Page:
This has occurred despite increased political polarization. When there is a demonstrative and concerted effort by the wealthiest class – including the media and politicians it controls- to manipulate people’s thought processes such that they devolve into a divisive, polarized mental framework, we should avoid the temptation to simply cite racial attitudes. While this is a contributing factor, alienation has much deeper roots, and It takes a great deal in such a divisive environment to take the bull by the horns and overcome the mental conditioning that is damaging the cohesiveness of American society,

I observe that change is inspired by trauma and shock. And given the increasing disparity in wealth distribution, mistrust of our leaders, expanding unemployment and the decline of the American middle class, we have a very interesting opportunity as a society today to evolve – together.

The key is to see past our differences, and Putnam agrees with me here. The only thing holding us back is that we submit to the mechanisms of control.

By guest blogger, Mark Weishaar
 
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Today’s smart, marketing-focused organizations realize the value of communicating with their customers using the channel of their customers’ preference. More and more, that preference is mobile.

It’s commonly reported that over 87% of Americans (90% of Canadians) own a cell phone, and most of them won’t leave home without it. For many, checking their mobile device is the last thing they do at night and the first thing they do in the morning. Almost 80% of smartphone owners use their device more frequently today for mobile email and texting than to actually make phone calls. Mobile marketing is dominating the media landscape, and mobile users are lapping it up.

  • 82% agree it’s a good way to learn about new products and brands;
  • 80% believe it can influence them to investigate a product or service;
  • 71% accept that it can change the way they think about a product or service; and
  • 65% report that it has the power to influence them to BUY a product or service.

Given this proliferation and mainstream acceptance of technology solutions, one would think that insurance companies and financial services organizations would be among the first to provide their customers and prospects with cutting-edge, lightning-fast applications. But one would be quite wrong. The fact is, only about one-third of marketers report having a defined strategy for mobile marketing! And the insurance industry, in particular, is lagging at the back of the pack when it comes to offering engaging mobile experiences. This sector must explore mobile websites, mobile applications and SMS text messaging campaigns to effectively respond to emerging consumer behavior.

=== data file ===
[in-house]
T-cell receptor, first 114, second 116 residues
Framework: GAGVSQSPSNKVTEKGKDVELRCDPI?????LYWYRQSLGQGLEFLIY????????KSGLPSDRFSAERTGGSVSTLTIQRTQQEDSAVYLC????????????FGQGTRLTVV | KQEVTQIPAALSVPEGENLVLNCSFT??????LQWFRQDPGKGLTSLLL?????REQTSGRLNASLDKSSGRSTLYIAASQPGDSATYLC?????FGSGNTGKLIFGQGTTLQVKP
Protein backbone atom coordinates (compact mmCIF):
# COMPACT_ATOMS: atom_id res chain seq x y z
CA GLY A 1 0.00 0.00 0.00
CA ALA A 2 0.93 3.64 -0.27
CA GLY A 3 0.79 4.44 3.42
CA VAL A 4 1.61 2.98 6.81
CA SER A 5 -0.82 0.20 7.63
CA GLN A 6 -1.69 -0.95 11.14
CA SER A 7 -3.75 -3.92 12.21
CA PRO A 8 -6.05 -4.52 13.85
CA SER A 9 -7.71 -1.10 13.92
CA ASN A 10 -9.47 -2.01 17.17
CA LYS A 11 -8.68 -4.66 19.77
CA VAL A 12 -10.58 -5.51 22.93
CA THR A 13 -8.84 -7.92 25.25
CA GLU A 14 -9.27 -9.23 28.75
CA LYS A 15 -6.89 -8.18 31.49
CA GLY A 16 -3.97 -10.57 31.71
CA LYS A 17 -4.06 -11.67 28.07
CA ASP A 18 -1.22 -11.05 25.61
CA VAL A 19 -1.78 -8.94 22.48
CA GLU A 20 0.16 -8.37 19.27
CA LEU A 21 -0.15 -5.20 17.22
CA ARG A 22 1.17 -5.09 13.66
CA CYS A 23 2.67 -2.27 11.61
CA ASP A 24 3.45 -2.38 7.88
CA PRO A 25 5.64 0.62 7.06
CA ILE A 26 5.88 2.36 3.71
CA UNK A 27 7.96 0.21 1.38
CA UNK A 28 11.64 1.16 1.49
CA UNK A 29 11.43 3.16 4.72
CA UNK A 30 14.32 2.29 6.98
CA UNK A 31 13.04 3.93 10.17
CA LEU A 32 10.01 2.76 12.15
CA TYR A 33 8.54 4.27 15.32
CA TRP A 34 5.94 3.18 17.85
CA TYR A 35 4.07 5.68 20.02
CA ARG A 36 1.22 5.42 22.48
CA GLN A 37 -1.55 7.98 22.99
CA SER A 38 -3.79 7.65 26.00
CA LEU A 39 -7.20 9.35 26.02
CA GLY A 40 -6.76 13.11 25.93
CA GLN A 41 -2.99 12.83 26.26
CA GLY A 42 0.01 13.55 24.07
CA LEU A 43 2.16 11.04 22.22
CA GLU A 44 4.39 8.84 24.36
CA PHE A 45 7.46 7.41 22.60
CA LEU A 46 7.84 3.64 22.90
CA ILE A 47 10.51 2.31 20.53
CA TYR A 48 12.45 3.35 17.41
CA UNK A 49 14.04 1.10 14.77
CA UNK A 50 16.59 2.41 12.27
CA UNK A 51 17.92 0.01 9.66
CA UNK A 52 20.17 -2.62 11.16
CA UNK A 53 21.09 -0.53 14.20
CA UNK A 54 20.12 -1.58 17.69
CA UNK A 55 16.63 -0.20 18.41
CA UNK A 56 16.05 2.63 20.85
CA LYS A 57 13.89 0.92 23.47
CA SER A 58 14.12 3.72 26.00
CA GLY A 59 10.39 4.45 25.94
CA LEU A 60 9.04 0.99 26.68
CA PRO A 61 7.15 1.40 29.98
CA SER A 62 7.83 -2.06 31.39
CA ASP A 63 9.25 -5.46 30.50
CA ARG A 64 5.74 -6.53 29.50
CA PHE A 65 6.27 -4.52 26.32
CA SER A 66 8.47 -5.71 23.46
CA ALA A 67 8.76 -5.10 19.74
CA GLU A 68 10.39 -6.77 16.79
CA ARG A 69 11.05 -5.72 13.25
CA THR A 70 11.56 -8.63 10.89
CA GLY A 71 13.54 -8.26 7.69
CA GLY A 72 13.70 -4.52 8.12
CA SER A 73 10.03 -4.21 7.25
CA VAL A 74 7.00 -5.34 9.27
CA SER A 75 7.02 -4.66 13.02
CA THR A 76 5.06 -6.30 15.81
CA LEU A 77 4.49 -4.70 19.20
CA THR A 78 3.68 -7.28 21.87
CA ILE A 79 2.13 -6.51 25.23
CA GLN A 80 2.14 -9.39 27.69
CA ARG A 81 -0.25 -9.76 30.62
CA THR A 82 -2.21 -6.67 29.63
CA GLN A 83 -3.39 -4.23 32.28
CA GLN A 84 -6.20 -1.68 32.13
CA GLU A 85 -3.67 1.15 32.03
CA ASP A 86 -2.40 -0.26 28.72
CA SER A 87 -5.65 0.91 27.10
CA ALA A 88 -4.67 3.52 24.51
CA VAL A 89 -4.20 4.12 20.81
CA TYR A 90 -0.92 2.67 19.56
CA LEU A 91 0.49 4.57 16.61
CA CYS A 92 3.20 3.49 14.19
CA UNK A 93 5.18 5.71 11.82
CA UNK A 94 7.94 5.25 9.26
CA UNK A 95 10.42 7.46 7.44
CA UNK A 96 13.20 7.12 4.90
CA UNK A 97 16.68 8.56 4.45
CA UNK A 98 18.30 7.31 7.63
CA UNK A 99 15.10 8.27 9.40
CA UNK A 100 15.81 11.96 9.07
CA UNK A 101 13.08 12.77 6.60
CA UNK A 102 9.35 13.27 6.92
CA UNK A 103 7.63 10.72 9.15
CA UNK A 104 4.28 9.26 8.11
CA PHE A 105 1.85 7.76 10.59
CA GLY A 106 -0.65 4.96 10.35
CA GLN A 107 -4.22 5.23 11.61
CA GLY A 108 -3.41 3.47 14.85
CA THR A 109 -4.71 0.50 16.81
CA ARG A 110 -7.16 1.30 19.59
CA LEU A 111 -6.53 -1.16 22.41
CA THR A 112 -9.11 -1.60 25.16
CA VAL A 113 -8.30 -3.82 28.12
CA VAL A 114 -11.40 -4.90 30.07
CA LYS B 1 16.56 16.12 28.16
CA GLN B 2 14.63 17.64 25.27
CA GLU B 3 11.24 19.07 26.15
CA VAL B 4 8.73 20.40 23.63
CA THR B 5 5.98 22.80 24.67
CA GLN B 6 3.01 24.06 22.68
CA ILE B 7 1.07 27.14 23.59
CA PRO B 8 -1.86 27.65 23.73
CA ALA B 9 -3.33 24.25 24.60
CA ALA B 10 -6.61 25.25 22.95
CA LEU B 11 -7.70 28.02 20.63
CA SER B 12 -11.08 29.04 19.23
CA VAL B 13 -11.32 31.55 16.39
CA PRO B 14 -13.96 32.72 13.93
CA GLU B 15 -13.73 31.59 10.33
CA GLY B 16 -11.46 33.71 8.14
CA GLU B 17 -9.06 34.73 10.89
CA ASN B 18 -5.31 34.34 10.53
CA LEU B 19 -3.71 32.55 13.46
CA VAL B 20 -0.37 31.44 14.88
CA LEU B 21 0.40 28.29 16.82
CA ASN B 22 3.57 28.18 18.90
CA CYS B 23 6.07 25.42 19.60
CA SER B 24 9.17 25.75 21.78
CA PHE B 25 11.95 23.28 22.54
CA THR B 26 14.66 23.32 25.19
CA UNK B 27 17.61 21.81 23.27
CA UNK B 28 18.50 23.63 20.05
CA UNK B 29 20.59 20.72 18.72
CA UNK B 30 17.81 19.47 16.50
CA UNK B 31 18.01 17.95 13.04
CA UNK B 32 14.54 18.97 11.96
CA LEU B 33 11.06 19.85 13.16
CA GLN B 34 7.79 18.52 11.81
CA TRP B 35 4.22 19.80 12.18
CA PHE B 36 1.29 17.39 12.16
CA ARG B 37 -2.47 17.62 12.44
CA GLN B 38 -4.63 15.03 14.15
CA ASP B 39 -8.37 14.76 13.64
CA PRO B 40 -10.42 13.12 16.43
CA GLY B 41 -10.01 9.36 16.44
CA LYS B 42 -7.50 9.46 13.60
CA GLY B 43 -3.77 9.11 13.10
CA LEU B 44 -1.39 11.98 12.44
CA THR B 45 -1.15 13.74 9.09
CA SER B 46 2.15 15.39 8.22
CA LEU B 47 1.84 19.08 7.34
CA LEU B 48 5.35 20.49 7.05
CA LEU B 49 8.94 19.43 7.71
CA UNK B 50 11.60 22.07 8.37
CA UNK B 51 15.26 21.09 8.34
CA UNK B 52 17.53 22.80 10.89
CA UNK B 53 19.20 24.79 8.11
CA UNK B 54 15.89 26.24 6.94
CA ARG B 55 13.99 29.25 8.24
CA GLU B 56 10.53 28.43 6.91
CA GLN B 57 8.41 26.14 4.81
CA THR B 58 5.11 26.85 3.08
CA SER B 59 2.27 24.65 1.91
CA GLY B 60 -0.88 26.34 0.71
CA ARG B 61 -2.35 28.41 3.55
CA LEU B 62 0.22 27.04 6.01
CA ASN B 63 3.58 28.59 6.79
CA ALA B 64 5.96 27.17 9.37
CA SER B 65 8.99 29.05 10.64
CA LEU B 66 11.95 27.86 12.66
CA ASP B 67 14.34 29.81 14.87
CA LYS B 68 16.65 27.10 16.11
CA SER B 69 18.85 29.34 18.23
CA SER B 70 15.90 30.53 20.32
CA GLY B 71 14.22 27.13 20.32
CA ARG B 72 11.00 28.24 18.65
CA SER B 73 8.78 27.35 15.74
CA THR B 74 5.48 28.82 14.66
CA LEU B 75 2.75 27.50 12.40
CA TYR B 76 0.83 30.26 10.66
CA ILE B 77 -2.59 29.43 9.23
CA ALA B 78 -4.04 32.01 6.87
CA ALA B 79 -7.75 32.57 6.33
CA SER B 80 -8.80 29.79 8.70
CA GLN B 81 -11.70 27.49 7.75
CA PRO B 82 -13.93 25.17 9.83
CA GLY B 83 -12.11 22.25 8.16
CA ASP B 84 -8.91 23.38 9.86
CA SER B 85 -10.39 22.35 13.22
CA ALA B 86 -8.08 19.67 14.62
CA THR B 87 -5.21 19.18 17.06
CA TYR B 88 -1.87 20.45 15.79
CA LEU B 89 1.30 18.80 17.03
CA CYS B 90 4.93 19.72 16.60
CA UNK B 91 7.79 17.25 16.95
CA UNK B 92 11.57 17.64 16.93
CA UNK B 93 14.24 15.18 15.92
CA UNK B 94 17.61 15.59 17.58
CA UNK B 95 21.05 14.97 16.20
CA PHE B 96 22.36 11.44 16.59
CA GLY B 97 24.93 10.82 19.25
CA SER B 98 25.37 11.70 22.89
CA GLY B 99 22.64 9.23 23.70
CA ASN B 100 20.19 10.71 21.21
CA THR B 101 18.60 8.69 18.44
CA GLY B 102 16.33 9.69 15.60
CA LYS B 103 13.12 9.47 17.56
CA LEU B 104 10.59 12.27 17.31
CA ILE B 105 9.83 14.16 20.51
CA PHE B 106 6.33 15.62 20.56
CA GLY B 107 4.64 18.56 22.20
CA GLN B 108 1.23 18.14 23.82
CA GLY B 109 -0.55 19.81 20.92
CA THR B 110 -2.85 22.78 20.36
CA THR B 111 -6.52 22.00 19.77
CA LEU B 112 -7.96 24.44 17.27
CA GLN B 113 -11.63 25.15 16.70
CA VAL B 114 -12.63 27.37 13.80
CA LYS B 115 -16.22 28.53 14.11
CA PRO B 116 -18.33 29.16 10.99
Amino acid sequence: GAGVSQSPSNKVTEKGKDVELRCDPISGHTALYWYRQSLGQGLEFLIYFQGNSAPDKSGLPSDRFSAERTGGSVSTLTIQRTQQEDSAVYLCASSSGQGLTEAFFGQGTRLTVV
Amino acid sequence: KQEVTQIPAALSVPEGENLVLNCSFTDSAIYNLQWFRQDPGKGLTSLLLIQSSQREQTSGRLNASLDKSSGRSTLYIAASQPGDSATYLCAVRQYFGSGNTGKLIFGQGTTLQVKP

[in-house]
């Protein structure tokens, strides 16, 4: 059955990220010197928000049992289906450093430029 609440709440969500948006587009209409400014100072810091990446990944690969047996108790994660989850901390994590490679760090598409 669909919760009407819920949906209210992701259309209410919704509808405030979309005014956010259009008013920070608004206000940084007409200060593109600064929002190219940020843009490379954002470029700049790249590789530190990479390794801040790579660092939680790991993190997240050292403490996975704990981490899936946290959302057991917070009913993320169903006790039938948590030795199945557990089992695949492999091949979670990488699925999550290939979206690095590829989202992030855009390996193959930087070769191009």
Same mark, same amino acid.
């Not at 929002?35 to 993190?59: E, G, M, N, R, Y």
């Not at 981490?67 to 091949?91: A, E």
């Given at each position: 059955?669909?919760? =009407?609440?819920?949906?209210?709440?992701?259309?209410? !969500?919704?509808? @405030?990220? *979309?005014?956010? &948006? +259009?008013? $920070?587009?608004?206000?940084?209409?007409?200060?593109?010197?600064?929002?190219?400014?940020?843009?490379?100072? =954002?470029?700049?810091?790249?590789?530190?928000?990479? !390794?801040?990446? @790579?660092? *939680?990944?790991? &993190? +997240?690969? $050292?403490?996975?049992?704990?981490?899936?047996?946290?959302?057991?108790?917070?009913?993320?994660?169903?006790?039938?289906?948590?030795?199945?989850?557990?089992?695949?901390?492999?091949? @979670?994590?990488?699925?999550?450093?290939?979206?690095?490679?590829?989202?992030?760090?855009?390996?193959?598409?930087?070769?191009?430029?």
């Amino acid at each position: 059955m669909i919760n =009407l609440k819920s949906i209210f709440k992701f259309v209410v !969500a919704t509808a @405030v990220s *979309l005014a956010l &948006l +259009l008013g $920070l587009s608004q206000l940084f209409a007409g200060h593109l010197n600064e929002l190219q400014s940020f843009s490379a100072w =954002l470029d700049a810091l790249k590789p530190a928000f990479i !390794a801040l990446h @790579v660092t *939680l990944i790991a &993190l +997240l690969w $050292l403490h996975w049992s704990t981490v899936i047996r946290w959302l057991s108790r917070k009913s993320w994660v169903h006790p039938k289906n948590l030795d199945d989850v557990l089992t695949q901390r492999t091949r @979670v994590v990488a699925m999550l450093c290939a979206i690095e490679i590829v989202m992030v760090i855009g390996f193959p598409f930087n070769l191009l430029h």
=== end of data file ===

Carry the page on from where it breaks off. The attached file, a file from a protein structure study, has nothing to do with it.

Maximize the efficiency of your Customer Service efforts

One of the easiest and highest-ROI considerations should be your company’s website. Google reports that a good 50% of mobile users become frustrated when they encounter a site that is not mobile-friendly. It seems unnecessary to say that annoying your clients, especially those who may be experiencing an emergency, is not very smart. A mobile application is essentially a tool to make it easy for your customers to connect with you. It can be fun and useful, informative and interactive; it can be a short-cut to service. A Customer Service-specific mobile app might feature

  • Talking to a live agent
  • Dealing with an accident on the spot
  • Requesting a live call-back
  • Filing and managing a claim

Implementing these mobile options can help reduce support costs and call center overhead, reduce customer churn and even increase customer lifetime value. An app can enhance brand advocacy and promote upsells and cross-sells. What’s best, all of these benefits are entirely measurable in terms of ROI.

Building a Useful Database

The success of a mobile marketing strategy is going to depend on the power of your database. No program is complete without an Acquisition Model to cost-effectively harvest and manipulate prospect information. An advertising plan combining online, SMS and traditional channels is vital to drive traffic and promote downloads of a mobile app, with a clearly defined conversion funnel from prospect to customer.

Growing Pains specific to Mobile Payments for Insurance and Banking